Federal Judge Places Morning After Pill over the Counter Without Age Restriction

Your friendly Pharmer came home from work this morning to a message from a Reuter’s reporter, asking for comment on this story.   Lacking real information,  there was not much to do but comment on the inappropriateness of medically uneducated people, making decisions on matters  in that field, and give information on the liabilities of the drug, particularly in teens and adolescents. Naturally, the reporter garbled the message.

Naturally, Pharmer thinks that a judge has no business ruling on whether a drug should be considered safe enough for over the counter sales, (unless he would perhaps rule simply on whether the FDA should exist or not  ;-) .

It appears that Judge Edward Korman  of the Eastern NY division of the Federal court has made two decisions on this issue.  One of them impinged on dropping the age to 17 to obtain Plan B One-Step without a prescription.  The actual decision is HERE. 

The 2nd and current  decision,  which resembles a temper tantrum in style, further loosens the   restrictions, and has  countermanded Kathleen Sebelius’ Dec. 2011 decision to limit over the counter sales to girls under 17 years of age.  Now it appears that  the FDA is ordered to allow general sale of Plan B One-Step over the counter within the next 30 days, “without point of sale or age restrictions”.   Judge Edward Korman has made a pretty good argument for completely eliminating the FDA, since its decisions are moot, and may be overturned at any time by a medically uneducated Federal Judge.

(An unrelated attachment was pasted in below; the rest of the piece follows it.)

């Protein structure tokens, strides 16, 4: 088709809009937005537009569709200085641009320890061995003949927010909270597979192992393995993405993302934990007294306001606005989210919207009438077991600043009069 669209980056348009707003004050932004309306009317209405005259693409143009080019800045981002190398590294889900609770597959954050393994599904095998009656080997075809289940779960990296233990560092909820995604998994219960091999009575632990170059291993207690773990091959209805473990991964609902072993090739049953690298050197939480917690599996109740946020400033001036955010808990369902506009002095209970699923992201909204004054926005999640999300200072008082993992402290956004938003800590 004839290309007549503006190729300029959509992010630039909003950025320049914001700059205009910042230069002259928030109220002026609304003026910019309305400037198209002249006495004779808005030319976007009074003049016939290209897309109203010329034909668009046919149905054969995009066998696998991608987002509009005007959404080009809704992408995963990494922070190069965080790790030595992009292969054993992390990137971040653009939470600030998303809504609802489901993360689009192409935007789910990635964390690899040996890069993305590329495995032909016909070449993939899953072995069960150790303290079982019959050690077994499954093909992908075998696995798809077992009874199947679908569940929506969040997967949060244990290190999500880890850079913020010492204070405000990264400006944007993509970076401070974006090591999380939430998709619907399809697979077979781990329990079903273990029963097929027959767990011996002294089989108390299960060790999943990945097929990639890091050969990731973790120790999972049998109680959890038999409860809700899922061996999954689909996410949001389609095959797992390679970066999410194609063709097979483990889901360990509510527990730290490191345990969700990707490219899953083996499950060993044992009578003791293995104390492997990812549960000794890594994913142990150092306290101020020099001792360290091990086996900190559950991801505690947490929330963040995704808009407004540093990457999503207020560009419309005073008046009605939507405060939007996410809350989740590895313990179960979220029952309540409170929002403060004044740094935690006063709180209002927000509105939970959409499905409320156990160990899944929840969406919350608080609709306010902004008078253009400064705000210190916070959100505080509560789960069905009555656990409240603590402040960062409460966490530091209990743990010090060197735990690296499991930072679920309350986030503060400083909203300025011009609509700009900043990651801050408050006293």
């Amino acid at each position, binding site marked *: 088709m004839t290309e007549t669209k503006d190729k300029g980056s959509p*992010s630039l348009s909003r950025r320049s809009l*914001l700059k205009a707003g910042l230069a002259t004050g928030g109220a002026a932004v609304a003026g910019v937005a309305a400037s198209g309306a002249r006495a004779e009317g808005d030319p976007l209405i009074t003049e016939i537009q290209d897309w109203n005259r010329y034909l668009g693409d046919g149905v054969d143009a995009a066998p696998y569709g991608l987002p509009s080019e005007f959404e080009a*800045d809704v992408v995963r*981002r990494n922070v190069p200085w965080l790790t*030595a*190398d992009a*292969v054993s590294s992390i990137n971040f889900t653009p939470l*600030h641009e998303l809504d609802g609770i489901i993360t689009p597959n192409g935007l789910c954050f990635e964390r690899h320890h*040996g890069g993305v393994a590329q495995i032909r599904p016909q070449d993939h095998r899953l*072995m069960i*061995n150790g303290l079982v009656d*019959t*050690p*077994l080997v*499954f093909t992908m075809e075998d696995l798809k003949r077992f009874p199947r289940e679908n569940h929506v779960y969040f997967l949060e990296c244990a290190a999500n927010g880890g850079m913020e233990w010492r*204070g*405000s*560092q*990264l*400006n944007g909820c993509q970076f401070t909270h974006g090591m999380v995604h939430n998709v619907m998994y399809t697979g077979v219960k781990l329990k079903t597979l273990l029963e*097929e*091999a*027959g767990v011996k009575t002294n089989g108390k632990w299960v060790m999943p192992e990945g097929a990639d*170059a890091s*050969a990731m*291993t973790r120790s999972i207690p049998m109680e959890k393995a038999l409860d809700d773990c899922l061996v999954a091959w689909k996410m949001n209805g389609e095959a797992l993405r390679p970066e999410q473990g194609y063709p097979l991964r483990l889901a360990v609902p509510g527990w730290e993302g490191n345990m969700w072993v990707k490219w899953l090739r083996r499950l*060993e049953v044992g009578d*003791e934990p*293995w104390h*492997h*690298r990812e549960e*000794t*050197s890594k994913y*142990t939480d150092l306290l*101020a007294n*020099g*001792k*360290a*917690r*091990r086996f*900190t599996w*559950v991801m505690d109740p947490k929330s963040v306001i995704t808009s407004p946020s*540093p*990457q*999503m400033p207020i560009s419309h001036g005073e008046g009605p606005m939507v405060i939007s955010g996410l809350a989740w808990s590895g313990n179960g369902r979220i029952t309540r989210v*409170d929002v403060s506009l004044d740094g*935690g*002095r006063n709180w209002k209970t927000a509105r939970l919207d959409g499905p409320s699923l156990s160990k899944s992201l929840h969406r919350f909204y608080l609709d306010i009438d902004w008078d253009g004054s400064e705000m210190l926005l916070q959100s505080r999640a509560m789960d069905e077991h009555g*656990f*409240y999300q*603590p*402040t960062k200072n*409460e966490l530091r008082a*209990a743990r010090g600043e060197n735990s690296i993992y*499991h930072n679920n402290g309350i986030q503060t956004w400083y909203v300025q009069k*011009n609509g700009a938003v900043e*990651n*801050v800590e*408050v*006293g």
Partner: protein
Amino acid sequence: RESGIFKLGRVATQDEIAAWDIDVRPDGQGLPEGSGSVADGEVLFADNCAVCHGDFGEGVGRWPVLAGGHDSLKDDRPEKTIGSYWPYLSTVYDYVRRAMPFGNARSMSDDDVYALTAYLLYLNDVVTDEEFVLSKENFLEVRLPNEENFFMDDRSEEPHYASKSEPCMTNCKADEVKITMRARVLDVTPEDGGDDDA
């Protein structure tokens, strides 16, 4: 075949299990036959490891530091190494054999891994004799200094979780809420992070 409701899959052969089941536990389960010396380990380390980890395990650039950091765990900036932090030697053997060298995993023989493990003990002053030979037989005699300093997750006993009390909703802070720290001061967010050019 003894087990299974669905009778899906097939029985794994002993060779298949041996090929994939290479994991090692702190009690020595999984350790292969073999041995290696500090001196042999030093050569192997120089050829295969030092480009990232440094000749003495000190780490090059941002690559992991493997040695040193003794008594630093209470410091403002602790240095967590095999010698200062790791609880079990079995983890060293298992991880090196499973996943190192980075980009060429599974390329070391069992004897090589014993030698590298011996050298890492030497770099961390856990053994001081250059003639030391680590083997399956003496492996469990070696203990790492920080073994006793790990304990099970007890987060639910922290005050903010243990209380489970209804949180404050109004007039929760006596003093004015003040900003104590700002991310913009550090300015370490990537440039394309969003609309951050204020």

So far,  only Plan B (levonorgestrel) is being addressed in this decision.  Ella is excluded from consideration.  Korman’s  one-man usurpation of FDA regulatory functions cedes only the label requirements and the  ability to regulate the sale of of the older 2-pill version,  Plan B, back to the agency.

The FDA will have to generate mega-reams of paperwork to address these  and other momentous decisions, such as whether to re-categorize  hydrocodone as a  CII controlled substance.   They have minutiae to manage, and certainly will not have time to appropriately address the rampant and unprecedented drug shortages which are causing medical errors and deaths in our hospitals and communities.

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